Incretins have received a lot of attention as a relatively new treatment option for persons with type 2 diabetes mellitus.
What classes of incretin-based therapies are now available, and how are they currently being used in clinical practice? What advantages do they offer over older therapies?
Here, in his second podcast on incretins, is Louis Kuritzky, MD, Clinical Assistant Professor in the Department of Community Health and Family Medicine at the University of Florida in Gainesville. In his first podcast, Dr Kuritzky offers an update on the basics of incretin therapy.
"Take home" Points
1. One class of incretins mimics glucagon-like peptide 1 (GLP-1) chemically. The other class suppresses its degradation by inhibiting the enzyme DPP4. Both prolong its actions on the intestine.
2. The incretin class in general do not cause weight gain and may even produce a durable weight loss. Recent studies suggest they may also be associated with favorable changes in cardiovascular risk factors.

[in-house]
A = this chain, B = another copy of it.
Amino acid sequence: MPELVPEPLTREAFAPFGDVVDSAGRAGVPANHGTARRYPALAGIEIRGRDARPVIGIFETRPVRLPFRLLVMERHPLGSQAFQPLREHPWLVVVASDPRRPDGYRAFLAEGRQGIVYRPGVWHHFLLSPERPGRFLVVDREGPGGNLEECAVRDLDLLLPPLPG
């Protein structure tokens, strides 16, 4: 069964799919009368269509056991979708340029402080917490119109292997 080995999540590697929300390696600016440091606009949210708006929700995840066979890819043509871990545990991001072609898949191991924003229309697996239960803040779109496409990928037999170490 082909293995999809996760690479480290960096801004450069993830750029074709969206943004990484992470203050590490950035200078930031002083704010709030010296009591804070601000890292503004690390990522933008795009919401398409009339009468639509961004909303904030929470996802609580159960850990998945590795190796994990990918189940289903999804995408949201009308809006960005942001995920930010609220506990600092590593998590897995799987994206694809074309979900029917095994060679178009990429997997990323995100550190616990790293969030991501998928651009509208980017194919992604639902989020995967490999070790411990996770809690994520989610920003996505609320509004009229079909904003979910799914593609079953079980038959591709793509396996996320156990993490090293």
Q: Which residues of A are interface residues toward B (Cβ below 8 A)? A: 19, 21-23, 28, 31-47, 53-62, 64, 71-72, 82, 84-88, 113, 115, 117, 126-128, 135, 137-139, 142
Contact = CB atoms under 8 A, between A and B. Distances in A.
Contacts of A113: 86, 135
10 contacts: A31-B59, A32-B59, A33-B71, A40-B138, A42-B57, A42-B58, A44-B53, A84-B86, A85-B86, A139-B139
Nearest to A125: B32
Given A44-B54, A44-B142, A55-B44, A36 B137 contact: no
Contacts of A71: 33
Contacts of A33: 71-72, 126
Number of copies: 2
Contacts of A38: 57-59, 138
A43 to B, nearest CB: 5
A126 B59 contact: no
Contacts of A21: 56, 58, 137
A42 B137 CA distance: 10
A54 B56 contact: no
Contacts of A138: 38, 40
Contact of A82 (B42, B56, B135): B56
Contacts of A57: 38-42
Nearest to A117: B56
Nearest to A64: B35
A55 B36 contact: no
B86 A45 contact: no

3. Clinical guidelines are evolving. Utilization depends on personal choice and initial responses to metformin. The choice of incretin may also be governed by how far the patient is from reaching the A1c goal.
4. Many patients prefer incretin mimetics because they are likely to cause weight loss and are oral, rather than injectable. A common adverse effect with both classes is initial nausea.
|Incretins for Type 2 Diabetes Mellitus (Part 2)|
Incretins for Type 2 Diabetes Mellitus (Part 2)